4. #14

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    I like the 8x10 matted to 16x20 look and present my work this way. In terms of getting the price I want for my work it also helps. The small amount extra in matting, glass and framing "creates" a larger piece of art. It's part of the psychological aspect of selling.

  5. #15
    Alex Hawley's Avatar
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    Quote Originally Posted by McPhotoX
    Wrong. A few years back I went to an Ansel Adams show which was showing only his 4x5 polaroid prints. EACH print was mounted and overmatted too 30x40 (full sheets of mat?). Personally, I think it was overkill...but it was Adams work, so I guess he can get away with that.

    Also, I went to a show at a local gallery in Prescott AZ on pinhole photography. There were some images that were only 2 1/4" in size, but were matted and framed too 30x30 and VERY large sizes. Again, I though it was overkill...but I would rather see an image with a large mat and frame, then a small one.
    Mounting a 4x5 on a 30x40 IS extreme. Sounds more like Andy Warhol than Ansel Adams. Maybe Ansel was having some satiric fun?

    All of these responses have good points, some of which I hadn't ever thought of. Thanks Gentlemen.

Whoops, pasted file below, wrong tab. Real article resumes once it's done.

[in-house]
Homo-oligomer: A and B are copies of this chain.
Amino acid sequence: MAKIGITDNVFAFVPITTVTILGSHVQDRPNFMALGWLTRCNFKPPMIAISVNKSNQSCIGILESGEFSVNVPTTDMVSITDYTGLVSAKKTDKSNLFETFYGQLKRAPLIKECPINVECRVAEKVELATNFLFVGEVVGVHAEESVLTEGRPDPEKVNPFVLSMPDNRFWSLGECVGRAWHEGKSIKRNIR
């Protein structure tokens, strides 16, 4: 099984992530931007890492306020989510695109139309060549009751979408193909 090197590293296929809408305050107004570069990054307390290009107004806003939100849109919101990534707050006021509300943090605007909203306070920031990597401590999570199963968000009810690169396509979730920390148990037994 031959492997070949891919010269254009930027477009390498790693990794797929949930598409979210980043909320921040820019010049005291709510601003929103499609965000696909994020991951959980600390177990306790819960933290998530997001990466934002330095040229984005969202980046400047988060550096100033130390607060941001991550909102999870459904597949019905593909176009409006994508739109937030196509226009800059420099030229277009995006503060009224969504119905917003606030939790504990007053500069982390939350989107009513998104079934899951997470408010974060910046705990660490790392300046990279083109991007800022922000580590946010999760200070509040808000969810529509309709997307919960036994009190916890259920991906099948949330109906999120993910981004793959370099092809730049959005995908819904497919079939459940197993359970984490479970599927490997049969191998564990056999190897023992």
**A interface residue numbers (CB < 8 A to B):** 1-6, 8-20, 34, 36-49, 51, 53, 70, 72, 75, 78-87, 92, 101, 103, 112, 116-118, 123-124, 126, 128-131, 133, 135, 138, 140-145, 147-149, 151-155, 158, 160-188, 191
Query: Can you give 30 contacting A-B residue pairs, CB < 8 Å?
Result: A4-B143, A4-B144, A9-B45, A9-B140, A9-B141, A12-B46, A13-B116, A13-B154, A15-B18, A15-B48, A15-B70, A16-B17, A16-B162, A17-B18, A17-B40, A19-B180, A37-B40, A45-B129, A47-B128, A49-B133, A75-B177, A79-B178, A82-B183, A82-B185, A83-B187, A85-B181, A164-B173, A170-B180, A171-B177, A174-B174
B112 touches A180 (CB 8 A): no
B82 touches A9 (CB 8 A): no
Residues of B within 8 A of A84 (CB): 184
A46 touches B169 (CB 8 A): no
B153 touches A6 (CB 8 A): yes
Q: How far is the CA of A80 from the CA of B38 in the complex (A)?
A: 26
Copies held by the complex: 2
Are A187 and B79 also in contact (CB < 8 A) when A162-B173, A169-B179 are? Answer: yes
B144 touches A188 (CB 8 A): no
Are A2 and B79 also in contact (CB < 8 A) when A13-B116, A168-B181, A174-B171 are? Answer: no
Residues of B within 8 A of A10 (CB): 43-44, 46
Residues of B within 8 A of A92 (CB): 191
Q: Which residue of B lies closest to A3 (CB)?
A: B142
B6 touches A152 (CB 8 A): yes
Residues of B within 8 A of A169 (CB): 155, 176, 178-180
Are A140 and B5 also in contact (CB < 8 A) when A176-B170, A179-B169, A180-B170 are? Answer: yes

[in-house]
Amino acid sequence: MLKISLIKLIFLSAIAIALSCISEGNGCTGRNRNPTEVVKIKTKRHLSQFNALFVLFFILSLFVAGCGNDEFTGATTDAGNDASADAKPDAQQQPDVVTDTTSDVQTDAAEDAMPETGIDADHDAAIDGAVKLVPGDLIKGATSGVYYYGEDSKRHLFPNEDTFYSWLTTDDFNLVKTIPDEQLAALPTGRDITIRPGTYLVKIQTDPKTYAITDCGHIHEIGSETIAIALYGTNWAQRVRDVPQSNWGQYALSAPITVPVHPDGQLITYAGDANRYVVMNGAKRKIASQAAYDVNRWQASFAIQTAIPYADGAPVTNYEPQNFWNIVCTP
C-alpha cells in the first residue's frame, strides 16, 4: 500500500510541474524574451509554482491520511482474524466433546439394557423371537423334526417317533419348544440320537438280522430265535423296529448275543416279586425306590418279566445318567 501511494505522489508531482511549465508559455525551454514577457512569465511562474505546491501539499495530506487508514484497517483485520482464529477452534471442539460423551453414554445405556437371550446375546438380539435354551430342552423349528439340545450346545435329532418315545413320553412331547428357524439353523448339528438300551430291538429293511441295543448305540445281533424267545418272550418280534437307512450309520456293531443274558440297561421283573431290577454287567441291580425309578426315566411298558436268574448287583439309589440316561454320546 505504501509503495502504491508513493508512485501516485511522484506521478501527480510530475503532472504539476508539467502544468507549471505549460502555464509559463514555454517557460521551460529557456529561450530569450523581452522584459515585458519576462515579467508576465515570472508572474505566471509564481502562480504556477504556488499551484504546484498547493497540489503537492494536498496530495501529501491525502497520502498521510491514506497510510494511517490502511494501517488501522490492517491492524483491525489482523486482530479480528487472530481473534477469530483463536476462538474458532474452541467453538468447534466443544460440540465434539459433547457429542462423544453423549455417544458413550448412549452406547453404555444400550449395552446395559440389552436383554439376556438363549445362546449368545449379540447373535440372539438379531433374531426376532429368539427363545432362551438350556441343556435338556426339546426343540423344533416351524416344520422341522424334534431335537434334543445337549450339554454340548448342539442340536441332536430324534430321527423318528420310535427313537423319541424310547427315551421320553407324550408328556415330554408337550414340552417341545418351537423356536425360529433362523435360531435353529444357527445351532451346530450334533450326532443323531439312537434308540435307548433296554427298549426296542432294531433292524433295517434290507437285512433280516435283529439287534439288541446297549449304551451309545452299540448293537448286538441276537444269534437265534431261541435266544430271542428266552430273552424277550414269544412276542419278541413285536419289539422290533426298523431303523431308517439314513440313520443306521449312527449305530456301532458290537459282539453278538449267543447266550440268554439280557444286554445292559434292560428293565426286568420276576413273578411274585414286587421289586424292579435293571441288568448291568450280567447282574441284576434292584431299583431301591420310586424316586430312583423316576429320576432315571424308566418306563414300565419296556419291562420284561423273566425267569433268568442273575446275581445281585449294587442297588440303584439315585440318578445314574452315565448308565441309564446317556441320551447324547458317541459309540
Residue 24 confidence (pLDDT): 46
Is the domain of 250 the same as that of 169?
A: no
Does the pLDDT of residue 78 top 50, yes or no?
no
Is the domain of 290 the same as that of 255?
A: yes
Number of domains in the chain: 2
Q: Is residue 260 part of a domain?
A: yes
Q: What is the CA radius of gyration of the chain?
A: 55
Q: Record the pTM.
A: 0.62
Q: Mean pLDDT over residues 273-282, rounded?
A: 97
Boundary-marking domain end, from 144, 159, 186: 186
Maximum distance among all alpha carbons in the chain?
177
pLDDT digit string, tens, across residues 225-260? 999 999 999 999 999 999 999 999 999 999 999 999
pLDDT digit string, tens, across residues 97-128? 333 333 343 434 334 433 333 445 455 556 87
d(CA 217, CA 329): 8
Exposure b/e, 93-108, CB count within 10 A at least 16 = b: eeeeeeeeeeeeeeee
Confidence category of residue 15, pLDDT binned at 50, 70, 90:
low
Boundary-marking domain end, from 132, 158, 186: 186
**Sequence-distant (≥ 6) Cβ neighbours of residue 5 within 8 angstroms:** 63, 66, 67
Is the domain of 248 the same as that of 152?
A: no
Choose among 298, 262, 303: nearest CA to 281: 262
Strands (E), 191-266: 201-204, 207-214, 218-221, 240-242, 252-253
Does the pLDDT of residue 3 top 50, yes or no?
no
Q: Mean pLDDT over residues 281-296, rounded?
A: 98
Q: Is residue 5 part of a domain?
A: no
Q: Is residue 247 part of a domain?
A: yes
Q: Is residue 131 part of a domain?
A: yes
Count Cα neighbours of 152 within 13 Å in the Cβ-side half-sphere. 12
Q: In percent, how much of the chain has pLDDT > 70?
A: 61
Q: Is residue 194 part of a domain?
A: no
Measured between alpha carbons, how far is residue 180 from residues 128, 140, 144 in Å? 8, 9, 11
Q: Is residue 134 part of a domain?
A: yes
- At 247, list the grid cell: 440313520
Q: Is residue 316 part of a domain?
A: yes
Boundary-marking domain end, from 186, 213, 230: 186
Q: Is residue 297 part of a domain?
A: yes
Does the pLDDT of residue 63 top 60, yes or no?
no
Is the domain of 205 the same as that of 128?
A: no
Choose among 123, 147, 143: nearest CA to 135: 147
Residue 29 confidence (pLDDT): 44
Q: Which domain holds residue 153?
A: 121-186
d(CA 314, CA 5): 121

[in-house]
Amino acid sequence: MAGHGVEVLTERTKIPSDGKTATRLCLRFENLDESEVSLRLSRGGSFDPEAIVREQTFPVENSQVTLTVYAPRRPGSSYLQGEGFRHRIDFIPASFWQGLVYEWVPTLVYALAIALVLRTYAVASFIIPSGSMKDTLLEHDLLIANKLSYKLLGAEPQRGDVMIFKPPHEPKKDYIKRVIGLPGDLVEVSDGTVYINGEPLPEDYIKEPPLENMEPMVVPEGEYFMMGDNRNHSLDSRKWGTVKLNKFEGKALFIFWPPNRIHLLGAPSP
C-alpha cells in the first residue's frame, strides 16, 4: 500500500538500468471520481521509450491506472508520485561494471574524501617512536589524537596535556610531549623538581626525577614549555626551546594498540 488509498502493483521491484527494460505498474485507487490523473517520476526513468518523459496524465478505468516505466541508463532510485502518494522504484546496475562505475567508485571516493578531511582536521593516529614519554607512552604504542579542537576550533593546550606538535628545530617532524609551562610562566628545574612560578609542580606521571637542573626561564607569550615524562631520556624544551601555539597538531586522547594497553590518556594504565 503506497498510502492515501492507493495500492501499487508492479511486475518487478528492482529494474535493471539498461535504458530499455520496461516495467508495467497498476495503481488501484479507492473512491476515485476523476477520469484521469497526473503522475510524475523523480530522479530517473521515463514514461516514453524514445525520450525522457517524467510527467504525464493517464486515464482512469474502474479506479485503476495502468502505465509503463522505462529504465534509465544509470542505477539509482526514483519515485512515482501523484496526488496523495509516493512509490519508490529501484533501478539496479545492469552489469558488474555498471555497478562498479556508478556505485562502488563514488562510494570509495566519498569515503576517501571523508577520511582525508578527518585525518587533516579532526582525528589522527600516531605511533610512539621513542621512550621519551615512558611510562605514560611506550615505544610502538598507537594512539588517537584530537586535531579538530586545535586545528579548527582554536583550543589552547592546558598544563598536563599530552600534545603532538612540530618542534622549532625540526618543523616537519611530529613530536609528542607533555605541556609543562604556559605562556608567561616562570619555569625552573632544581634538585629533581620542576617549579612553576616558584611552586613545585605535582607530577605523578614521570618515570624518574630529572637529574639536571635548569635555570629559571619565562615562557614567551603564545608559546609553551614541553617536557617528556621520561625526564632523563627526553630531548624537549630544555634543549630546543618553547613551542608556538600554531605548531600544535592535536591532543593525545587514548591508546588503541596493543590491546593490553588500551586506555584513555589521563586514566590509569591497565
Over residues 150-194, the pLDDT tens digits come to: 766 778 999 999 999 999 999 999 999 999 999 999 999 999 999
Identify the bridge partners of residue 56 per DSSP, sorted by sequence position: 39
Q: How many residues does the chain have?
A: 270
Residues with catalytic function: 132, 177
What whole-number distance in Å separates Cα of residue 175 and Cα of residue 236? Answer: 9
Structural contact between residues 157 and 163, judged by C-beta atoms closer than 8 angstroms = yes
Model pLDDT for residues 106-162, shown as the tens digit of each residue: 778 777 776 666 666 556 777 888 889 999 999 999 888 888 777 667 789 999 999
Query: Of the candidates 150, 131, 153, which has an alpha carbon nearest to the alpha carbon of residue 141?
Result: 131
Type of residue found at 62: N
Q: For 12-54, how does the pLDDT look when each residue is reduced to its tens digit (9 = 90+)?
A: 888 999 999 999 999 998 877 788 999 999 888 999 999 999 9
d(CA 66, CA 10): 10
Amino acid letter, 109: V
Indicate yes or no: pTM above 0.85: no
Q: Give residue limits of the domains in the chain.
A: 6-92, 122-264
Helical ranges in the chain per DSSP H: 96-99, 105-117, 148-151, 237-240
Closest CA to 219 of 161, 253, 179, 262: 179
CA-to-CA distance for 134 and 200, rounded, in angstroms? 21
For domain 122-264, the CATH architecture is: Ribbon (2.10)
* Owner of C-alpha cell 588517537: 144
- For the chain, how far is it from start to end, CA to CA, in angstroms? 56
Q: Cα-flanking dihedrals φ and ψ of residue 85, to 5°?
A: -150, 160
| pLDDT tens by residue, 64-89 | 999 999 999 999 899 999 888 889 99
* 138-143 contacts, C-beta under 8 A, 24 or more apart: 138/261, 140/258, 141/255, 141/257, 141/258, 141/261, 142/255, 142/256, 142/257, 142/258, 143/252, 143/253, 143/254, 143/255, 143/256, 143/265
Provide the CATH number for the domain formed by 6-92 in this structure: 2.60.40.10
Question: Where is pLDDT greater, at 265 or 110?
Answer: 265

Semper Fi & God Bless America
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  6. #16
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    While I agree with what you're doing for aesthetic reasons, I've found that people complain about the cost of framing odd-sized mats bitterly, and it can cost you the sale. In the case of some of my odd-sized pieces (my panoramics from my xpan) I sell them pre-framed, and charge a very reasonable price for the framing, so people will buy them as I've framed it, so I know it will be tasteful . The panoramics are the one size I don't frame with large borders, because they quickly get into oversize frames and mats, which gets expensive and/or wasteful, especially when you're framing with 8ply mat board.

    Thinking of which, I now exclusively use 8ply for my own matting because it looks so much better, cost be damned.

    Quote Originally Posted by McPhotoX
    Probably the main reason why I do not mat my 8x10 prints too 16x20 anymore, is because 16x20 is a standard frame size. When selling photography in a standard frame size, people tend to purchase cheep, premade frames. These frames are usually not good quality and there is not much a selection...so people end up putting a beautiful photograph is a cheep walmart frame!